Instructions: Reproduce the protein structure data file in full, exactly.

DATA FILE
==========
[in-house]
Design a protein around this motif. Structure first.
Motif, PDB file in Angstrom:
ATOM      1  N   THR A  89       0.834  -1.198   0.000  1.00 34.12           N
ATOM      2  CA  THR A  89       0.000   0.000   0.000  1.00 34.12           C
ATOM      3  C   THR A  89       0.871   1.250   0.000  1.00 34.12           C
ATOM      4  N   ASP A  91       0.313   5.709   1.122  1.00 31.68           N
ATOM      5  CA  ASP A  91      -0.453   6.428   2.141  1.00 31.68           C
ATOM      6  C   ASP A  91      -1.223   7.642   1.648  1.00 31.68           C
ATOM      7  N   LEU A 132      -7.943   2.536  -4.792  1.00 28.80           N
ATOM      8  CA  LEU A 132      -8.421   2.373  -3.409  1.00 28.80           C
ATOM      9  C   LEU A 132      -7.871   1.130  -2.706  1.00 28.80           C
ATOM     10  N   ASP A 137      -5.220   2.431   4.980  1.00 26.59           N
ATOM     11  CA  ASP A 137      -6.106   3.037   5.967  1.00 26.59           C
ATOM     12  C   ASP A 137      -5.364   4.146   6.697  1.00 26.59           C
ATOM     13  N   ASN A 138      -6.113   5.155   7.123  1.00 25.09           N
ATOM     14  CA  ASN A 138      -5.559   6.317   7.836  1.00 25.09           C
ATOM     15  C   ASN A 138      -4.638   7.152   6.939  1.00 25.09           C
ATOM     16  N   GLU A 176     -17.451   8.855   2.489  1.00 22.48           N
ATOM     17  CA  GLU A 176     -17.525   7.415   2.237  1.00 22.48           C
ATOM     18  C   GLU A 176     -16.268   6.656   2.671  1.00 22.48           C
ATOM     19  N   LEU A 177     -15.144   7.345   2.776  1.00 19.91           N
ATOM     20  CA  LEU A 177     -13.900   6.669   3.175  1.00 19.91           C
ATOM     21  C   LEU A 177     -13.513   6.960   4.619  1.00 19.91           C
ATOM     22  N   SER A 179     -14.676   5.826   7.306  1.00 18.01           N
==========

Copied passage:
[in-house]
Design a protein around this motif. Structure first.
Motif, PDB file in Angstrom:
ATOM      1  N   THR A  89       0.834  -1.198   0.000  1.00 34.12           N
ATOM      2  CA  THR A  89       0.000   0.000   0.000  1.00 34.12           C
ATOM      3  C   THR A  89       0.871   1.250   0.000  1.00 34.12           C
ATOM      4  N   ASP A  91       0.313   5.709   1.122  1.00 31.68           N
ATOM      5  CA  ASP A  91      -0.453   6.428   2.141  1.00 31.68           C
ATOM      6  C   ASP A  91      -1.223   7.642   1.648  1.00 31.68           C
ATOM      7  N   LEU A 132      -7.943   2.536  -4.792  1.00 28.80           N
ATOM      8  CA  LEU A 132      -8.421   2.373  -3.409  1.00 28.80           C
ATOM      9  C   LEU A 132      -7.871   1.130  -2.706  1.00 28.80           C
ATOM     10  N   ASP A 137      -5.220   2.431   4.980  1.00 26.59           N
ATOM     11  CA  ASP A 137      -6.106   3.037   5.967  1.00 26.59           C
ATOM     12  C   ASP A 137      -5.364   4.146   6.697  1.00 26.59           C
ATOM     13  N   ASN A 138      -6.113   5.155   7.123  1.00 25.09           N
ATOM     14  CA  ASN A 138      -5.559   6.317   7.836  1.00 25.09           C
ATOM     15  C   ASN A 138      -4.638   7.152   6.939  1.00 25.09           C
ATOM     16  N   GLU A 176     -17.451   8.855   2.489  1.00 22.48           N
ATOM     17  CA  GLU A 176     -17.525   7.415   2.237  1.00 22.48           C
ATOM     18  C   GLU A 176     -16.268   6.656   2.671  1.00 22.48           C
ATOM     19  N   LEU A 177     -15.144   7.345   2.776  1.00 19.91           N
ATOM     20  CA  LEU A 177     -13.900   6.669   3.175  1.00 19.91           C
ATOM     21  C   LEU A 177     -13.513   6.960   4.619  1.00 19.91           C
ATOM     22  N   SER A 179     -14.676   5.826   7.306  1.00 18.01           N